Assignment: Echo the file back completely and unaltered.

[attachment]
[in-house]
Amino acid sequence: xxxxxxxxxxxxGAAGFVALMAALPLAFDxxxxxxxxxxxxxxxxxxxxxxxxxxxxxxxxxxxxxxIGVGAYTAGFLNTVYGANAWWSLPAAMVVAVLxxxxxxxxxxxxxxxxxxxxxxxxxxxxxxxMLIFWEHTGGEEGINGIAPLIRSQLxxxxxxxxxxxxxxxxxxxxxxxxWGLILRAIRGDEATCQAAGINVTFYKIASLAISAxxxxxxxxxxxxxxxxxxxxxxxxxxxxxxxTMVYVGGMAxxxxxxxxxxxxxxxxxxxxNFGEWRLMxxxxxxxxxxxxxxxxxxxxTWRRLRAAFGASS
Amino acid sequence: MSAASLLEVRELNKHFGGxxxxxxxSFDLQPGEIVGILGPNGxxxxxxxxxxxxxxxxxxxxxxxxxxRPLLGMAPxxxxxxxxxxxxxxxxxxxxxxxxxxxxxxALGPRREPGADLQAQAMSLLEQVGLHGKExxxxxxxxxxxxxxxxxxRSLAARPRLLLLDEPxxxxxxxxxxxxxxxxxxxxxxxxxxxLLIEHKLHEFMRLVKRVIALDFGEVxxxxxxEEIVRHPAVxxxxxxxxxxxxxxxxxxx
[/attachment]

[in-house]
Amino acid sequence: xxxxxxxxxxxxGAAGFVALMAALPLAFDxxxxxxxxxxxxxxxxxxxxxxxxxxxxxxxxxxxxxxIGVGAYTAGFLNTVYGANAWWSLPAAMVVAVLxxxxxxxxxxxxxxxxxxxxxxxxxxxxxxxMLIFWEHTGGEEGINGIAPLIRSQLxxxxxxxxxxxxxxxxxxxxxxxxWGLILRAIRGDEATCQAAGINVTFYKIASLAISAxxxxxxxxxxxxxxxxxxxxxxxxxxxxxxxTMVYVGGMAxxxxxxxxxxxxxxxxxxxxNFGEWRLMxxxxxxxxxxxxxxxxxxxxTWRRLRAAFGASS
Amino acid sequence: MSAASLLEVRELNKHFGGxxxxxxxSFDLQPGEIVGILGPNGxxxxxxxxxxxxxxxxxxxxxxxxxxRPLLGMAPxxxxxxxxxxxxxxxxxxxxxxxxxxxxxxALGPRREPGADLQAQAMSLLEQVGLHGKExxxxxxxxxxxxxxxxxxRSLAARPRLLLLDEPxxxxxxxxxxxxxxxxxxxxxxxxxxxLLIEHKLHEFMRLVKRVIALDFGEVxxxxxxEEIVRHPAVxxxxxxxxxxxxxxxxxxx